Hellnotes review: A Winter Haunting

A Winter Haunting by Dan Simmons
(William Morrow, 320 pp, hardcover, $25.95, ISBN #0-380-97886-5)
reviewed by Bev Vincent

In Summer of Night, young Dale Stewart and his friends defeated a terrible evil.  This sequel picks up Dale’s story forty-one years later.  A tumultuous affair with one of his students has destroyed his marriage and jeopardized his career.  His grip on reality has been tenuous in the year since he attempted a Hemingway-esque end to his life.

Dale has forgotten almost everything important about 1960, including the way his friend Duane McBride died.  The novel he intends to write on his sabbatical at McBride farm should be Summer of Night, but he cannot get past an idyllic curtain of false memories to the truth.

Where Summer of Night was set against the backdrop of humid days and rainy nights, A Winter Haunting is its mirror image: frigid, snowy and barren.  In Summer, several friends collaborated against the evil in Old Central School.  Winter is a solitary adventure; Dale’s struggle is almost completely internal as he battles with his perceptions of reality, past and present.  That’s not to say there aren’t horror trappings here – spectral hounds roam the farm, growing larger with each visit, and mysterious old-English messages appear on his computer.  But this is horror of the Henry James variety, subtle and restrained — the ghosts of the past may be literal or figurative.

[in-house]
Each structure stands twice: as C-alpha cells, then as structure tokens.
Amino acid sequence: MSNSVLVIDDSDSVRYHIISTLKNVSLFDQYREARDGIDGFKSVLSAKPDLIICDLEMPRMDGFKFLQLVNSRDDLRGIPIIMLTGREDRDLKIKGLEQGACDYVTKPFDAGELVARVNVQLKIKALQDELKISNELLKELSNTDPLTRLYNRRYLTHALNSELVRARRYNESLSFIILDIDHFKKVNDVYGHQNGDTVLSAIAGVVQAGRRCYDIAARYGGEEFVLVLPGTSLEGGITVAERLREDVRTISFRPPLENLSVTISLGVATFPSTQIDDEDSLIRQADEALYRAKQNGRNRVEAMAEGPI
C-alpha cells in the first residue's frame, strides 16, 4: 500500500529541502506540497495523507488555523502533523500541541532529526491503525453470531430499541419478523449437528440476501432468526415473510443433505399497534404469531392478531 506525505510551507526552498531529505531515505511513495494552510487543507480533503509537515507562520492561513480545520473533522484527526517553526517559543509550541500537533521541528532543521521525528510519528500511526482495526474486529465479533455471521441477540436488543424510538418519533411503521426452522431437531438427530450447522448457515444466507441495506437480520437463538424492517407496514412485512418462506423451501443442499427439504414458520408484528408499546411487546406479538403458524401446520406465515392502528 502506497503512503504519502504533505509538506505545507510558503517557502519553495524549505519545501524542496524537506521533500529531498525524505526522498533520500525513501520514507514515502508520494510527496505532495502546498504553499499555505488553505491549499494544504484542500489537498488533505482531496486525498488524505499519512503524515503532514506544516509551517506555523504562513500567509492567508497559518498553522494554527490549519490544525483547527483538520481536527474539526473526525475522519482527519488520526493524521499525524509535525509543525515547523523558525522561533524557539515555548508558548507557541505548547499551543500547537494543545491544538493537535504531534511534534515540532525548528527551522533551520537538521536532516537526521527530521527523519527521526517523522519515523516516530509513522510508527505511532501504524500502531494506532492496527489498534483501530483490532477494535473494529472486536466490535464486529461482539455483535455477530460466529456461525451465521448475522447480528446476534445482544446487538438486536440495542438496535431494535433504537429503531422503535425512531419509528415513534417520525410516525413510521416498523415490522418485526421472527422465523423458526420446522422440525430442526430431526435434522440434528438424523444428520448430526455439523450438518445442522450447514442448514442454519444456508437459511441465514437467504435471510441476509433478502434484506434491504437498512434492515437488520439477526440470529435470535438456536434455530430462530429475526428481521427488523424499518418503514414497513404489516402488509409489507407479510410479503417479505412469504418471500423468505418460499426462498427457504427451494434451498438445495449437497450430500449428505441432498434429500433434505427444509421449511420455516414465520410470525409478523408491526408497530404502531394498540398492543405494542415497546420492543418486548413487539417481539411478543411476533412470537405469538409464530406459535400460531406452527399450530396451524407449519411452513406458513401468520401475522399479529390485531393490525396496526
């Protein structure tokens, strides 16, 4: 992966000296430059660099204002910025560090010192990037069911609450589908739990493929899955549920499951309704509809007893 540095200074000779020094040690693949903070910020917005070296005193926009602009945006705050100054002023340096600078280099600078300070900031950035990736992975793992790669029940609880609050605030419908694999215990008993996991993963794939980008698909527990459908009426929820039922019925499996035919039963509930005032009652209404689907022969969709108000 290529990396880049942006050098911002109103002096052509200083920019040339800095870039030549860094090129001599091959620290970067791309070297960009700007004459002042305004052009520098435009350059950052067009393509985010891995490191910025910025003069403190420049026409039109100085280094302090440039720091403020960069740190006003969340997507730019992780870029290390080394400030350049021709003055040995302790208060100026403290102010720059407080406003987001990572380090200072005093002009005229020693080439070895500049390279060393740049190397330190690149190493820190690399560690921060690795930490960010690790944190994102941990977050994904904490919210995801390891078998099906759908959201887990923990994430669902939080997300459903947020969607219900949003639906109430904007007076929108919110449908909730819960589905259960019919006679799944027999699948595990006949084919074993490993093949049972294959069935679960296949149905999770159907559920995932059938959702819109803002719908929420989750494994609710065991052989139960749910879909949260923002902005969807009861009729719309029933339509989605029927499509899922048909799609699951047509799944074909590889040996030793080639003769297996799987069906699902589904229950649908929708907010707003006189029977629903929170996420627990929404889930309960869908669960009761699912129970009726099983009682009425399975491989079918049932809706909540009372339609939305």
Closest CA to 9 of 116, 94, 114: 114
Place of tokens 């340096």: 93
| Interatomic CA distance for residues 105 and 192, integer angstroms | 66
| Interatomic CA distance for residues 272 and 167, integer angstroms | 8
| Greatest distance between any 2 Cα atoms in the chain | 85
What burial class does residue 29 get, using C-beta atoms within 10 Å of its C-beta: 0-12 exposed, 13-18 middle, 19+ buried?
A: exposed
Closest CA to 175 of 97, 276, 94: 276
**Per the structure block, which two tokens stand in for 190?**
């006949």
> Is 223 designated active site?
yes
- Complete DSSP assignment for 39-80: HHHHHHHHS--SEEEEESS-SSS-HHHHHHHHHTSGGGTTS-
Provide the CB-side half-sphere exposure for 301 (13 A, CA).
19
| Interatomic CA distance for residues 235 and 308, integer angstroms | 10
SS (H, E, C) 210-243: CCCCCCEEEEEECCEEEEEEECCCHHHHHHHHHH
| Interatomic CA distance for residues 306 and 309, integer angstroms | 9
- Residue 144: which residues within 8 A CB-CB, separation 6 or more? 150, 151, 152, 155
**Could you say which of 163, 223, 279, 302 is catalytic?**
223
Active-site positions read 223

Simmons uses Duane as a window into Dale’s mind.  Unsure of his own nature, Duane describes himself as a “cyst of memory.”  His recollection is limited to details from the summer of ’60 Dale witnessed personally, leaving it open for readers to decide if Duane is a spectral manifestation or a figment of Dale’s tormented and depressed psyche.

Dan Simmons invariably produces examples of the best art his current genre has to offer.  A Winter Haunting is dark, intelligent and sensitive. His depiction of an unstable protagonist is handled with the necessary balance to lend the story ambiguity. Simmons’ action-adventure skills from books like Darwin’s Blade bleed over into his horror when Dale confronts a band of skinheads who object to his political views.  This is a fine book to curl up in front of the fire with on a cold, blustery evening. Just make sure the doors are locked …<

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